Luciano Pavarotti, whose vibrant high C's and ebullient showmanship made him one of the world's most beloved tenors, has died. He was 71.
His manager, Terri Robson, told the AP in an e-mail statement that Pavarotti died at his home in Modena, Italy, at 5 a.m. local time. Pavarotti had been diagnosed with pancreatic cancer last year and underwent further treatment in August.
"The Maestro fought a long, tough battle against the pancreatic cancer which eventually took his life. In fitting with the approach that characterised his life and work, he remained positive until finally succumbing to the last stages of his illness," the statement said.
For serious fans, the unforced beauty and thrilling urgency of Pavarotti's voice made him the ideal interpreter of the Italian lyric repertory, especially in the 1960s and '70s when he first achieved stardom. For millions more, his charismatic performances of standards like "Nessun dorma" from Puccini's "Turandot" came to represent what opera is all about.
Instantly recognizable from his charcoal black beard and tuxedo-busting girth, Pavarotti radiated an intangible magic that helped him win hearts in a way Placido Domingo and Jose Carreras - his partners in the "Three Tenors" concerts - never quite could.
The tenor, who seemed equally at ease singing with soprano Joan Sutherland as with the Spice Girls, scoffed at accusations that he was sacrificing his art in favor of commercialism.
"The word commercial is exactly what we want," he said, after appearing in the widely publicized "Three Tenors" concerts. "We've reached 1.5 billion people with opera. If you want to use the word commercial, or something more derogatory, we don't care. Use whatever you want."
In the annals of that rare and coddled breed, the operatic tenor, it may well be said the 20th century began with Enrico Caruso and ended with Pavarotti. Other tenors - Domingo included - may have drawn more praise from critics for their artistic range and insights, but none could equal the combination of natural talent and personal charm that so endeared him to audiences, the AP reports.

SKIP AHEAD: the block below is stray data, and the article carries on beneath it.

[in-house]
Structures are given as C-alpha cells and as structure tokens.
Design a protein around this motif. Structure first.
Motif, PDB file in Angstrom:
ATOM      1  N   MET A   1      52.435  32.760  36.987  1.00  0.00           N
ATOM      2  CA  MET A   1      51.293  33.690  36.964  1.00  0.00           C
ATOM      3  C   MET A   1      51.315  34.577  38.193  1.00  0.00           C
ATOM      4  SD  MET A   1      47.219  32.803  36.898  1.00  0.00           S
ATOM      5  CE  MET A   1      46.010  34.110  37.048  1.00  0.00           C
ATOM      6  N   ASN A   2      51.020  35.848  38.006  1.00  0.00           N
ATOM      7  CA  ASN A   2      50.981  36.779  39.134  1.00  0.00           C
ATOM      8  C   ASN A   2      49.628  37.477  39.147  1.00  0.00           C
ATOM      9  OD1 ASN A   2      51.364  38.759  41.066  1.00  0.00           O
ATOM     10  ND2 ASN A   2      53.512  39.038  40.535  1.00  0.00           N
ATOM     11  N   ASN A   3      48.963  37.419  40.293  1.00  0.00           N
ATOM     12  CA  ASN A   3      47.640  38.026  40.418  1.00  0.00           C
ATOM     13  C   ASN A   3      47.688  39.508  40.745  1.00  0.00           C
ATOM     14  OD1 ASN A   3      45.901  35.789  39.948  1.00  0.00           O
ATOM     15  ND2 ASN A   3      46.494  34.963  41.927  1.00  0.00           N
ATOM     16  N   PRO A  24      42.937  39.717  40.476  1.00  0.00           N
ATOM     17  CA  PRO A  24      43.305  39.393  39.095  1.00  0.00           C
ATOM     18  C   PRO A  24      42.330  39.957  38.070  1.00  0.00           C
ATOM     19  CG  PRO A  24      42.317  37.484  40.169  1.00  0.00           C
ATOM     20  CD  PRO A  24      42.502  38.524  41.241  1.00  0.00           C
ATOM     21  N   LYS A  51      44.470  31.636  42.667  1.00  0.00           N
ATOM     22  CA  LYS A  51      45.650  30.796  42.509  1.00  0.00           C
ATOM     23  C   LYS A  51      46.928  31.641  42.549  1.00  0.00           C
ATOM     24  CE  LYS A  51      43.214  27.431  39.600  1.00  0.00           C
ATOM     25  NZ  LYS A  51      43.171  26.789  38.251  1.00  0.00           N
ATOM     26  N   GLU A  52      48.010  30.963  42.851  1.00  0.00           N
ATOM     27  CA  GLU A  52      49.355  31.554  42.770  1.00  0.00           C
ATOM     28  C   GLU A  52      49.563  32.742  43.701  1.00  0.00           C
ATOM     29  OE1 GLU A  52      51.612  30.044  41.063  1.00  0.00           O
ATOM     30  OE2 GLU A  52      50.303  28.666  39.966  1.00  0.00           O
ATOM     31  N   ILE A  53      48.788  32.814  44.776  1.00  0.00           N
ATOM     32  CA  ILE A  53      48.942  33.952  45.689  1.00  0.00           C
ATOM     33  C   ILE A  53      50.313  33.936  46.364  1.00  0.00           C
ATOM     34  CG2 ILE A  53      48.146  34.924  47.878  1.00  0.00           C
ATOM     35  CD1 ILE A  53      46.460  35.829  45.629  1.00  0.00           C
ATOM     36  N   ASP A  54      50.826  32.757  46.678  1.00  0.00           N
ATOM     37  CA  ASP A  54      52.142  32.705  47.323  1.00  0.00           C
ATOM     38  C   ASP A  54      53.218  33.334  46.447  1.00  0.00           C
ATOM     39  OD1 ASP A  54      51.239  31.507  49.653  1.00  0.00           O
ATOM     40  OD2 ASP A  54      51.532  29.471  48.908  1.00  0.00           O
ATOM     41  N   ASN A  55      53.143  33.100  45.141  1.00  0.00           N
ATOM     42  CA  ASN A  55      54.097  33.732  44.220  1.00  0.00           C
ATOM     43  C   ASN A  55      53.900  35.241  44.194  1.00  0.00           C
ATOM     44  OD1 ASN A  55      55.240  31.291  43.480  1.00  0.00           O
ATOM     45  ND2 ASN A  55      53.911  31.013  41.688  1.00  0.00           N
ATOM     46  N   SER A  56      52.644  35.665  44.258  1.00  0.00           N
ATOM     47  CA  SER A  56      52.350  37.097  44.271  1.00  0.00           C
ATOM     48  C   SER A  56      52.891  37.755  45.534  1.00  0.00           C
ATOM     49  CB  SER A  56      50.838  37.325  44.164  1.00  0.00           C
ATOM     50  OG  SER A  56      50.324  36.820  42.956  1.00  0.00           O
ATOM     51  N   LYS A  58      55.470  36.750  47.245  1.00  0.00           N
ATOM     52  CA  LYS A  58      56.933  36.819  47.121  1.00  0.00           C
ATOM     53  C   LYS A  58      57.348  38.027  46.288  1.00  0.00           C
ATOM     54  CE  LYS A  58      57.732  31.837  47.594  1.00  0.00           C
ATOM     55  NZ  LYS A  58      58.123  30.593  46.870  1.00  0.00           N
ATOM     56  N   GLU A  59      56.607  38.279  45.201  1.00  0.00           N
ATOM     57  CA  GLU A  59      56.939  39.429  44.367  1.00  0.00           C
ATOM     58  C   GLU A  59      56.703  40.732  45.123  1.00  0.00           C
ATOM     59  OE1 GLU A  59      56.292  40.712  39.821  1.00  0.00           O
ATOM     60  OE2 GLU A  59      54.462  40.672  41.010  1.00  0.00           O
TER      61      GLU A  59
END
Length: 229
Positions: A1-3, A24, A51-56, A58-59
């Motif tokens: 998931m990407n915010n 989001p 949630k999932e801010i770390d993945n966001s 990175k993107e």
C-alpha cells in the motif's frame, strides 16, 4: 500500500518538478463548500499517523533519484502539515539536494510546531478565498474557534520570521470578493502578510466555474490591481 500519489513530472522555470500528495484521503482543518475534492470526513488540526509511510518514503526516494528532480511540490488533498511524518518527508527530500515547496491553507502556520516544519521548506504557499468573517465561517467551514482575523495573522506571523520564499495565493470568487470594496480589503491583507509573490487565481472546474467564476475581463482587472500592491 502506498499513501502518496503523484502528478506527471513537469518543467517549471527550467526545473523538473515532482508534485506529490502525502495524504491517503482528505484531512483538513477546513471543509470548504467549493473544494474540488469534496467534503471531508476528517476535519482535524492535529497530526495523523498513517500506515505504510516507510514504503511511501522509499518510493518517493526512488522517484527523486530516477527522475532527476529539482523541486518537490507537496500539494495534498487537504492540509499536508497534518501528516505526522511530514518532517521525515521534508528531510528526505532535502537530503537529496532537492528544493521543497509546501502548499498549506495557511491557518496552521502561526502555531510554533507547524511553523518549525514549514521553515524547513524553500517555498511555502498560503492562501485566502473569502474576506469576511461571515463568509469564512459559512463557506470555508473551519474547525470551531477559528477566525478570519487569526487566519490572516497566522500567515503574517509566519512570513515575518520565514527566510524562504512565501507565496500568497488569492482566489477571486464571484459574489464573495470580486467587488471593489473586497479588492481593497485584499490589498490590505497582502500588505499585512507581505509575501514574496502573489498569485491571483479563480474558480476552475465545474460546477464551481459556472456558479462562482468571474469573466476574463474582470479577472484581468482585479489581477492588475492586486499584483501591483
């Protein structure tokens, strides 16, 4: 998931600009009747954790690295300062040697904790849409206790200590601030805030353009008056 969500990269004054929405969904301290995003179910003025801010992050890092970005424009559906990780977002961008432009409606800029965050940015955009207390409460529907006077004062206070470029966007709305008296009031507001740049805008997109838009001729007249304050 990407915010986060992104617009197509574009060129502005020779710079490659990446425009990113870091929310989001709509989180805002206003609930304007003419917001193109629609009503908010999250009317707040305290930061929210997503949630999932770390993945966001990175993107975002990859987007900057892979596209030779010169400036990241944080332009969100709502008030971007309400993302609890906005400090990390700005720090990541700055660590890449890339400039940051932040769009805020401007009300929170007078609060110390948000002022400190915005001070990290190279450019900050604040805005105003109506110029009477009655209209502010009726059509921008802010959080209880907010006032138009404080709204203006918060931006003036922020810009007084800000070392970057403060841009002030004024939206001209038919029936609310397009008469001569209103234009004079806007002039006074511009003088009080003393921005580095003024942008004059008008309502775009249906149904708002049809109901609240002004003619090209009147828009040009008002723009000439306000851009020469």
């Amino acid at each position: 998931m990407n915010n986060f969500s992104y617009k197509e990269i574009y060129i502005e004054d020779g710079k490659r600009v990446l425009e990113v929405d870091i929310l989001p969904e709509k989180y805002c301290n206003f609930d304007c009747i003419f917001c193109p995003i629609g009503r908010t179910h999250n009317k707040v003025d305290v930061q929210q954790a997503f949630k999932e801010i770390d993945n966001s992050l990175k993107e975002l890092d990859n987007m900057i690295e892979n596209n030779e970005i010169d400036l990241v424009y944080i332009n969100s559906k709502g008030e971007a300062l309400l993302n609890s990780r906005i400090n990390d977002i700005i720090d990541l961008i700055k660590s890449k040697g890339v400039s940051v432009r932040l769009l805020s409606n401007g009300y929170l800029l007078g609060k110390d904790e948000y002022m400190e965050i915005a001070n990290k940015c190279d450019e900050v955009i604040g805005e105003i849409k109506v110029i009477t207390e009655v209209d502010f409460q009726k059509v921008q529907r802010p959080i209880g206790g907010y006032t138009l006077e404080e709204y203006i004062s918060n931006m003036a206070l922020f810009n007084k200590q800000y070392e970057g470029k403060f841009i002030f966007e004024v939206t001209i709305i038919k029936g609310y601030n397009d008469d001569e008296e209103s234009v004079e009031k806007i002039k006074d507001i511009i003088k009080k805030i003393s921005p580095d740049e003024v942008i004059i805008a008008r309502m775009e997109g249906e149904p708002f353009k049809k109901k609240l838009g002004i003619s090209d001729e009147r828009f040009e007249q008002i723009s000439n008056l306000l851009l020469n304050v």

On Wednesday morning, Pavarotti had expressed his "emotion" following the establishment of a "cultural excellence" prize in Italy that he had been the first to receive.
He said he was "full of emotion and gratitude ... because it gives me the opportunity to continue to celebrate the magic of a life spent in service of art."
Pavarotti broke into the world of opera when he won the top prize in a competition in 1961, for which he was rewarded with the role of Rodolphe in Puccini's "La Boheme" in nearby Reggio Emilia.
He went on to perform across Europe before crossing the Atlantic in February 1965 for a production of Donizetti's "Lucia di Lammermoor" in Miami, Florida, with Joan Sutherland as Lucia.
It was with Sutherland in February 1972 that Pavarotti truly came of age, taking Covent Garden and the New York Metropolitan Opera by storm with a sparkling production of another Donizetti favourite, "La Fille du Regiment".
But he managed to shock purists with his appearances in live concerts, sometimes alongside pop musicians. In 1991 a crowd of 150,000, including the Prince and Princess of Wales, braved the rain and cold in London's Hyde Park to hear him sing.
The previous year Pavarotti had hit an even wider audience, when his performance of the aria "Nessun Dorma", from Puccini's "Turandot," was chosen as the theme music for the 1990 Football World Cup, hosted by his native Italy.
Among his best-known initiatives in recent years have been his appearances with two other leading singers, Jose Carreras and Placido Domingo, as the "Three Tenors", and the annual "Pavarotti and Friends" concerts in Modena.
Pavarotti's success also attracted the attention of the society columns. In 1996 he left his wife Adua after 35 years of marriage and three grown-up daughters for his secretary Nicoletta Mantovani, whom he married in 2003, and with whom he had one child, the AFP reports.